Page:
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The State Department on Friday ordered nonessential U.S. diplomats to leave Lebanon due to security concerns as the Obama administration and Congress debate military strikes on neighboring Syria.
In a new travel warning for Lebanon, the department said it had instructed nonessential staffers to leave Beirut and urged private American citizens to depart Lebanon.
The step had been under consideration since last week, when President Barack Obama said he was contemplating military action against the Syrian government for its alleged chemical weapons attack last month that the administration said killed more than 1,400 people near Damascus.
“We will continue to assess the situation and to adjust our security posture accordingly,” deputy State Department spokesperson Marie Harf said.
“The potential in Lebanon for a spontaneous upsurge in violence remains,” the department’s travel warning said.
“Lebanese government authorities are not able to guarantee protection for citizens or visitors to the country should violence erupt suddenly. Access to borders, airports, roads, and seaports can be interrupted with little or no warning,” the statement said. “Public demonstrations occur frequently with little warning and have the potential to become violent. Family, neighborhood, or sectarian disputes often escalate quickly and can lead to gunfire or other violence with little or no warning.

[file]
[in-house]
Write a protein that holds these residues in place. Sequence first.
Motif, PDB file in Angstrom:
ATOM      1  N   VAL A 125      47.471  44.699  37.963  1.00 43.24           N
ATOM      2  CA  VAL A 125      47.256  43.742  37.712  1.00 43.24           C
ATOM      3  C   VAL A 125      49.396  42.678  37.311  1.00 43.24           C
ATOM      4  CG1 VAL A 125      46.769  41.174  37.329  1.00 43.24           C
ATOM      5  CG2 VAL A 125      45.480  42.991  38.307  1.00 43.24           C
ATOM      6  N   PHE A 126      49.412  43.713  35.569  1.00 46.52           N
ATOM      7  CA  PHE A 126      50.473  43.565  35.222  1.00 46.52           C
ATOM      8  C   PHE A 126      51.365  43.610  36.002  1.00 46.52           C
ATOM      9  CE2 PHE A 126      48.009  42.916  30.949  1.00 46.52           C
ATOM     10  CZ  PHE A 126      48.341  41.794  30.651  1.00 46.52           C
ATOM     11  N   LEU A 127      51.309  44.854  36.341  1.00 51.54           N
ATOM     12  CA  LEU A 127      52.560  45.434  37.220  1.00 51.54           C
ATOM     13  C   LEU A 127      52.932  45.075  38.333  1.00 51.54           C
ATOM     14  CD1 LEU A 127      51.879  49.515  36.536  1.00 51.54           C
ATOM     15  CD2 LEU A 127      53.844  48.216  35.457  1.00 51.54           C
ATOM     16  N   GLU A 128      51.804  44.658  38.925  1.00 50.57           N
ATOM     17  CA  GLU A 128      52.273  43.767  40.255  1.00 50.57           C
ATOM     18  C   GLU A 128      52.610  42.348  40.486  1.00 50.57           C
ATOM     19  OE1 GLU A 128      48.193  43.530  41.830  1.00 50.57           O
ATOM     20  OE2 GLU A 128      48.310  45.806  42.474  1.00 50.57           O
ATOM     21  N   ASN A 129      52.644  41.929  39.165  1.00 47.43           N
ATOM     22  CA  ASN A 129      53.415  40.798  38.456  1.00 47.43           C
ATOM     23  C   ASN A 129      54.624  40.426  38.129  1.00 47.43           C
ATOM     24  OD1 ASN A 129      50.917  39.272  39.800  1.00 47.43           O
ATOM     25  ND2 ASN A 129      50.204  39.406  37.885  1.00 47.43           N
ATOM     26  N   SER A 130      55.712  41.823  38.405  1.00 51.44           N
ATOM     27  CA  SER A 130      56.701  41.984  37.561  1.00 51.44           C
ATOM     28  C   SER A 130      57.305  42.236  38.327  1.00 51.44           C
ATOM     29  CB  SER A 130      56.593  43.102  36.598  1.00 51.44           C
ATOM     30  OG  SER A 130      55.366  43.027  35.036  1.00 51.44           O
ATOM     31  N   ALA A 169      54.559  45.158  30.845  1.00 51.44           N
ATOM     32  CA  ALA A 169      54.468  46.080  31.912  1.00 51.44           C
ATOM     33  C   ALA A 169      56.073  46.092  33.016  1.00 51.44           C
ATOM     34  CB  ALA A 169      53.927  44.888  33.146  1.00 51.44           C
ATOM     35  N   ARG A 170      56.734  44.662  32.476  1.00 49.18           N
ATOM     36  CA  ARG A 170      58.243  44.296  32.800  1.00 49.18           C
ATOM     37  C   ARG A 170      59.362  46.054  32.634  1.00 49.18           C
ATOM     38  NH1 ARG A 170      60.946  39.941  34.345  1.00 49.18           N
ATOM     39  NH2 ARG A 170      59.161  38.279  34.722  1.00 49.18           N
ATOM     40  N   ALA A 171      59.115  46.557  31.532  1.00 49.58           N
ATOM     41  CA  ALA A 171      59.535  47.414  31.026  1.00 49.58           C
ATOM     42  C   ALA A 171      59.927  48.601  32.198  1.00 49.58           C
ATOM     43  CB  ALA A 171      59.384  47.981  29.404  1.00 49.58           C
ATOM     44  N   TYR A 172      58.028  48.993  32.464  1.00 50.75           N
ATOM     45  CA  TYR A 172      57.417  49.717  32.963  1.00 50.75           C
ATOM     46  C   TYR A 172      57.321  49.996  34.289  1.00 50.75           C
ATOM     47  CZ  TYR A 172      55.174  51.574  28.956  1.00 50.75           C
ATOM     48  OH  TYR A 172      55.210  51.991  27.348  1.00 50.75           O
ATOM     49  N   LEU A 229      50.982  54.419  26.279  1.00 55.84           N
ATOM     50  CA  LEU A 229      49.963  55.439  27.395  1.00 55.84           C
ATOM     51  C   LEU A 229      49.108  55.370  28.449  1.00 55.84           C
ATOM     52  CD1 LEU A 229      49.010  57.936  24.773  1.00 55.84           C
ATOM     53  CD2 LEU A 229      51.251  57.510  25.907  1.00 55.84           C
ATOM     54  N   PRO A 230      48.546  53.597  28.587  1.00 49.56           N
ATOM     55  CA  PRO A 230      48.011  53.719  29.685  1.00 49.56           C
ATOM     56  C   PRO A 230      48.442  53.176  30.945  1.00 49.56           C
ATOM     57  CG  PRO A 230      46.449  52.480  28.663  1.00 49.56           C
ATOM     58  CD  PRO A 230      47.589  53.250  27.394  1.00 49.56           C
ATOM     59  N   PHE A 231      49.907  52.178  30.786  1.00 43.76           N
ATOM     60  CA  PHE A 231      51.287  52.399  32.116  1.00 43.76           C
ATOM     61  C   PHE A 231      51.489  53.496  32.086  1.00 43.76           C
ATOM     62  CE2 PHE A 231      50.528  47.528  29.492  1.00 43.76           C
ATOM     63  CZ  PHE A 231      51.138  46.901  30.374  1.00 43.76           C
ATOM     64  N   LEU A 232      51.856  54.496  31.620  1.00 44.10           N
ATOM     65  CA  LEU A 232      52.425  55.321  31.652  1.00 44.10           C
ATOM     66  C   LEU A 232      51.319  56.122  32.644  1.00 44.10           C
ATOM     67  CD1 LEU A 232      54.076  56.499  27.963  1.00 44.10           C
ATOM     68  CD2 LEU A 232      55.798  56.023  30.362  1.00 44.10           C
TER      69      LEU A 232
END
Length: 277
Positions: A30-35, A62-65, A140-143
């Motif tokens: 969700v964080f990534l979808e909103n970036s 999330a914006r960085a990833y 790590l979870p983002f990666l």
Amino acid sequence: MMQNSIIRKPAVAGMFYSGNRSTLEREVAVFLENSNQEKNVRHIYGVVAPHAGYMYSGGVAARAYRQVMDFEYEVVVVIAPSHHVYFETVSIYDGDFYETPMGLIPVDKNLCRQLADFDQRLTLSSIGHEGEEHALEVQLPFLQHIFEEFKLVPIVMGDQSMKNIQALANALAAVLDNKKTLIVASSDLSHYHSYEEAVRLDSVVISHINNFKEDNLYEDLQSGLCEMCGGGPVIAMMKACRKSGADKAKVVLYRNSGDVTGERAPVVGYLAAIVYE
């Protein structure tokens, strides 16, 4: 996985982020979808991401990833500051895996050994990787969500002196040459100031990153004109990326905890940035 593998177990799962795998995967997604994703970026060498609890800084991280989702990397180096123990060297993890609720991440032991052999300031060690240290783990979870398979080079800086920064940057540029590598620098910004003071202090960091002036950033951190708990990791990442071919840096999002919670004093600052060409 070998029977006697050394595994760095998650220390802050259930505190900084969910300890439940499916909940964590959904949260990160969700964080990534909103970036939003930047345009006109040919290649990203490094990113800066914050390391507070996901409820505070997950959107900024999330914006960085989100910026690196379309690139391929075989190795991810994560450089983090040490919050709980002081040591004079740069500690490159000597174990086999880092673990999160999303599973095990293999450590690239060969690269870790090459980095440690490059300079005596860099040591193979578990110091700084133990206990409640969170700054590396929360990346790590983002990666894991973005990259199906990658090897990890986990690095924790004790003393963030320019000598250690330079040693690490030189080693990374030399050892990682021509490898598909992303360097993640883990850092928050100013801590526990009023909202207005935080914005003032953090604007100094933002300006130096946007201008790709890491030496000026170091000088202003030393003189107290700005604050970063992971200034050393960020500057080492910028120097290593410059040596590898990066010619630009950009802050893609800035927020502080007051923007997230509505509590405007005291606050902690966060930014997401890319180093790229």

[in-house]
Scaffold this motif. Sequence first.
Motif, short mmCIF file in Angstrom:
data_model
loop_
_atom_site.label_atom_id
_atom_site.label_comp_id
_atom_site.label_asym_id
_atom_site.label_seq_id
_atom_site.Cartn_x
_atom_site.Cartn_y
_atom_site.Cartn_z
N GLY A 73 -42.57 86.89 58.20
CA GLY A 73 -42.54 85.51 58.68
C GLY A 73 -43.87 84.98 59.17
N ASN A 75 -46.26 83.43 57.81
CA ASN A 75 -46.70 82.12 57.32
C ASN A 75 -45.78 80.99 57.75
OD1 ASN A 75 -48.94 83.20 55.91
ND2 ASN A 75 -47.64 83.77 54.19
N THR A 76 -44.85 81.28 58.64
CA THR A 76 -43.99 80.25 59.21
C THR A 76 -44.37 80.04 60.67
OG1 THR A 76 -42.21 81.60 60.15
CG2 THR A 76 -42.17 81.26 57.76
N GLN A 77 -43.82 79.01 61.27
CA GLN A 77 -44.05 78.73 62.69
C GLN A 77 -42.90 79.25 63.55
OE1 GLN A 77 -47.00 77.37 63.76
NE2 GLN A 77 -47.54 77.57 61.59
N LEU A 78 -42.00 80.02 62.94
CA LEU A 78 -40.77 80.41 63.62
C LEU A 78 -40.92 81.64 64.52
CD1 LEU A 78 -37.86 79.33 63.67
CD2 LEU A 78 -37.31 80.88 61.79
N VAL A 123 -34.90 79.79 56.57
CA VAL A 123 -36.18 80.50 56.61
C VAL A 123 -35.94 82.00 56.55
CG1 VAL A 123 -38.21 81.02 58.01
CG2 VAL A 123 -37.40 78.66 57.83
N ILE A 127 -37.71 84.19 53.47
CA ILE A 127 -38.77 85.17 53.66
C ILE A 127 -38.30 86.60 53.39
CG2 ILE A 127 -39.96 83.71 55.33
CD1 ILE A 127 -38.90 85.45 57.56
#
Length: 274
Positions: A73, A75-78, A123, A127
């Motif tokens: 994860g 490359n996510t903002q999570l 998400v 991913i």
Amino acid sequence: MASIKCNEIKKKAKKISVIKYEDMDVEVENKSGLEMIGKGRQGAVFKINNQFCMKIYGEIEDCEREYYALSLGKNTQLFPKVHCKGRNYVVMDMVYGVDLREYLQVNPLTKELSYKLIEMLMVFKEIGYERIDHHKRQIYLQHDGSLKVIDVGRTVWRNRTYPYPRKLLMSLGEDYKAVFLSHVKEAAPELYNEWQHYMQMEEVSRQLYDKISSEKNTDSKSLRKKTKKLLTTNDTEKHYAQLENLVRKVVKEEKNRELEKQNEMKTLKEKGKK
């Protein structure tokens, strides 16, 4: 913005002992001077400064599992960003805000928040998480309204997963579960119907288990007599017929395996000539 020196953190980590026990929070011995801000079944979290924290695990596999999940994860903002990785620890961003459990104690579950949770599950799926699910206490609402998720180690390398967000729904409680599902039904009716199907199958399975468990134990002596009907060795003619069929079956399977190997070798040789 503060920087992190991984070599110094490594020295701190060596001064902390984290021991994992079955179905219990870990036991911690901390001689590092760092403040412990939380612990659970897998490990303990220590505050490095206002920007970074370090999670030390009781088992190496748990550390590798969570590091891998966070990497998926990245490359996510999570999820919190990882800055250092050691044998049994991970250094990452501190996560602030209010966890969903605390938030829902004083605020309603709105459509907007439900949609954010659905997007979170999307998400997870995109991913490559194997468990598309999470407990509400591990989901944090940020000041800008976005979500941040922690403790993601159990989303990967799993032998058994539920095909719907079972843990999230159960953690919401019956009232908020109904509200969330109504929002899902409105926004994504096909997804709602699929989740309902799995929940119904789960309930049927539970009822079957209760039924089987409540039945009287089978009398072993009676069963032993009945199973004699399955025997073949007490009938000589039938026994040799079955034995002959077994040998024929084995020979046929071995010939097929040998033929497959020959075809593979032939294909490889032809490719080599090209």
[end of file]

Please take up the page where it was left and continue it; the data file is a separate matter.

“The ability of U.S. government personnel to reach travelers or provide emergency services may be severely limited,” the department cautioned.
The U.S. closed 19 embassies and consulates across Africa and the Middle East last month for more than a week after a terrorist threat. Hezbollah, an Assad ally that has sent fighters into Syria, is based in Lebanon.
The department also said that Hezbollah “maintains a strong presence in parts of the southern suburbs of Beirut, portions of the Bekaa Valley and areas in South Lebanon.”
“The situation remains tense, and sporadic violence involving Hezbollah or other extremist or criminal organizations remains a possibility in many areas of the country,” it said.
“The U.S. Embassy advises U.S. citizens that clashes between Lebanese authorities and criminal elements have also recently occurred in other areas of the Bekaa and border regions,” the statement said.
In a separate advisory for Turkey, the department advocated a policy of voluntary withdrawal of people, saying that its diplomatic outpost in Adana “has been authorized to draw down its non-emergency staff and family members because of threats against U.S. government facilities and personnel.” The department said it was recommending that U.S. citizens “defer non-essential travel” to southeastern Turkey.
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